There are a myriad of factors leading to high rates of retail vacancy in our cities. However, one issue that has come up in our conversations with business owners across the country over and over again is the lack of financial and technical resources to renovate and fit-out vacant storefronts that have fallen into disrepair over the years.
Painting storefront façades, fixing signs, replacing awnings and windows are one thing. But fitting out an entire 2,000 SF store can become a large line item for the already struggling small business owner. Fortunately, some cities and downtown associations have begun to address this issue directly by providing incentive tools, or tenant improvement programs (TIP), that facilitate the occupancy of unviable vacant storefronts.
Tenant improvement programs bridge the financial gap between property owner and tenants by offering much-needed grants or forgivable loans for the interior improvement of ground floor, commercial spaces. Funding for such programs can come from a variety of sources including BID assessments, private donations, and Tax Increment Financing funds.
In a quick survey of eight different tenant improvement programs across the country, I found that each had been uniquely structured to address hyper local challenges or to leverage existing business opportunities. While there is no one sure fire way to establish a tenant improvement program, here are some things to take note in structuring your downtown’s very own TIP:
Think about program objectives
Depending on your current downtown business environment and tenant mix, your TIP may be designed to attract new retailers or retain existing ones. Thinking about your objectives right off the bat will help guide other elements of the program such as applicant eligibility, target areas, and types of improvements. Some questions to consider early on:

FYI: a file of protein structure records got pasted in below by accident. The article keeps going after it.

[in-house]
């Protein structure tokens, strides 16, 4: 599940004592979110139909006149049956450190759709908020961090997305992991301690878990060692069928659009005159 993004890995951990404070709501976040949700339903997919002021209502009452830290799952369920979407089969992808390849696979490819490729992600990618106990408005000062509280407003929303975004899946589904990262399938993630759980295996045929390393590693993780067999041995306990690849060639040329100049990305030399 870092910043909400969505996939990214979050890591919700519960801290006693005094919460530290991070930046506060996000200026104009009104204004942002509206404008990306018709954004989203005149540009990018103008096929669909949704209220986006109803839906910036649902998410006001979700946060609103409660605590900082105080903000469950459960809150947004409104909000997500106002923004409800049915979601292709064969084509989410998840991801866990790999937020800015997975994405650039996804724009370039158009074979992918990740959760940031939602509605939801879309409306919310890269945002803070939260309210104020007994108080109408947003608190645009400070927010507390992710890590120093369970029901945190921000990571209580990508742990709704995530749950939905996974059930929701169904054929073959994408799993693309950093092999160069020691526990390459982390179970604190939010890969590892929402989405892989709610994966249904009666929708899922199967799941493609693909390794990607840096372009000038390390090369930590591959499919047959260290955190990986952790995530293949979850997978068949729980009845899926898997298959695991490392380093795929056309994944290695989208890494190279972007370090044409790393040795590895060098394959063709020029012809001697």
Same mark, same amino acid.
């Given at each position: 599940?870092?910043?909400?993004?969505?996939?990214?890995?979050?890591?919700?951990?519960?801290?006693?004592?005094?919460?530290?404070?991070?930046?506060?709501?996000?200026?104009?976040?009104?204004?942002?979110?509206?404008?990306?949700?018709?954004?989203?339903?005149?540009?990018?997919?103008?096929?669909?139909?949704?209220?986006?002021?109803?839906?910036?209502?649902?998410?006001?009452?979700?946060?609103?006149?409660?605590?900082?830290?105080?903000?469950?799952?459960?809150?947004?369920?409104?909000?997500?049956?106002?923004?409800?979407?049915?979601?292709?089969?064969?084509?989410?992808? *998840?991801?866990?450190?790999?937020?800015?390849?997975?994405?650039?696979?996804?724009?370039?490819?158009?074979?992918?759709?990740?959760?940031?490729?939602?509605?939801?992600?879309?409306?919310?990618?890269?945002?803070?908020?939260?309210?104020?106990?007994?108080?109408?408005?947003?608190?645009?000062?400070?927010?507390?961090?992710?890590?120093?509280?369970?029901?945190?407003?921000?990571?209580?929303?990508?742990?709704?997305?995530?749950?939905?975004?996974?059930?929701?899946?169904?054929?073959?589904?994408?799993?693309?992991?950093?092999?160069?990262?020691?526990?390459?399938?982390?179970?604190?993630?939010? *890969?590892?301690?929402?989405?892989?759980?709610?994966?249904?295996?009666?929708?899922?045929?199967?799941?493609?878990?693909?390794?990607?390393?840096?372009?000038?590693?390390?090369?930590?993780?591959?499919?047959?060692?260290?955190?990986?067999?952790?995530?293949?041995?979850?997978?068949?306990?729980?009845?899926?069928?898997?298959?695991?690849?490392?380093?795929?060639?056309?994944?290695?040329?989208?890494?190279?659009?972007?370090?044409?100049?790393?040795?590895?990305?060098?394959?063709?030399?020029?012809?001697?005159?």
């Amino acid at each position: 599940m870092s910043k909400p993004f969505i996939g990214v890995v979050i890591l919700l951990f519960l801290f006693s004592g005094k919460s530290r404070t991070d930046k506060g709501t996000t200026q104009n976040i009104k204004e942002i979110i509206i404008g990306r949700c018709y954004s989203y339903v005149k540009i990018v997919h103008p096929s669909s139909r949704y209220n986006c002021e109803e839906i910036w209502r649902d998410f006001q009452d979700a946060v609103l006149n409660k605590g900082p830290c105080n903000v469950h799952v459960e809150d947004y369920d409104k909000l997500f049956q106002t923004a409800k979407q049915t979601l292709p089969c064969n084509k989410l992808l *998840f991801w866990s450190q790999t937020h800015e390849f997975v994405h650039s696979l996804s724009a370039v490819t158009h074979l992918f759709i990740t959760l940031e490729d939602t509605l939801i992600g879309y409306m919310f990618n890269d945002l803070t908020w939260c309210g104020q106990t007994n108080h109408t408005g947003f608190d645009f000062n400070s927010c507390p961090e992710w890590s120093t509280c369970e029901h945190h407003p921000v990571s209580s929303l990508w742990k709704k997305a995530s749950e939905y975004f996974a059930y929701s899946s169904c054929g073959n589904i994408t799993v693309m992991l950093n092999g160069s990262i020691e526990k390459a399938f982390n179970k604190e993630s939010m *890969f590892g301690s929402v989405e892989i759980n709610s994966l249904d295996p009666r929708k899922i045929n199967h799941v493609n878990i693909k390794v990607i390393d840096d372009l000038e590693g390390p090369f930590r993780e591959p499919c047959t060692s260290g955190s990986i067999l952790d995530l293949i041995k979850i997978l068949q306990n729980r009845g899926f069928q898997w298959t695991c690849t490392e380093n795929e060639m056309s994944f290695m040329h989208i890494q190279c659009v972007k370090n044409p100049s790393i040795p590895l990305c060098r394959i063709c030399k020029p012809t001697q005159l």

Are you looking to attract new retailers to your downtown?
Are you trying to expand businesses to second or third locations downtown?
Are you hoping to shuffle locations of businesses to a core area to create a critical mass of storefronts?
Are you trying to get downtown buildings and storefronts up to code?
Determine a geographic boundary
Many TIPs determine target areas to ensure tangible results of the program. These typically correlate with areas that suffer from a high concentration of ground floor vacancy or that already have a strong anchor and destination but need a little support with complementary stores and activities.
The size of the target area can be as small as a single block downtown or as large as the entire downtown. Starting your program off with a successful single block transformation may help build a case for wider program expansion in subsequent years.
Specify applicant eligibility
Regardless of whether the TIP incentives are offered to property owners or business owners, the applicant should always be able to demonstrate their commitment to staying downtown for a longer period of time. With tenants, in particular, a three to five year lease is often used as a pre-requisite for being able to apply to a TIP. In addition, tenants should provide property owners’ written commitments to indicate cooperation throughout the construction process. Working these rules into your program guidelines help ensure improvements being funded are followed through and are optimized by tenants for a good stretch of time.
If your downtown is also hoping to preserve older structures and storefronts amidst rapid redevelopment, defining the age limits of buildings in which eligible storefronts are located can help you achieve this goal.
Prioritize tenant types
A deep understanding of what the market can still accommodate, as well as what new and incoming customers are expecting downtown, should help drive the prioritization of successful applicants to your TIP. Even if a shortlist of priority retail categories for the program is not made public, it should inform the internal evaluation process of applications.
As a result of the rise in experiential retail, many existing TIPs have been reactive to the market and are hyper-focused on attracting anchor entertainment tenants and food and beverage-based businesses, including restaurants, cafés, specialty food stores, breweries, cocktail bars, bowling alleys, art house cinemas, fitness studios etc.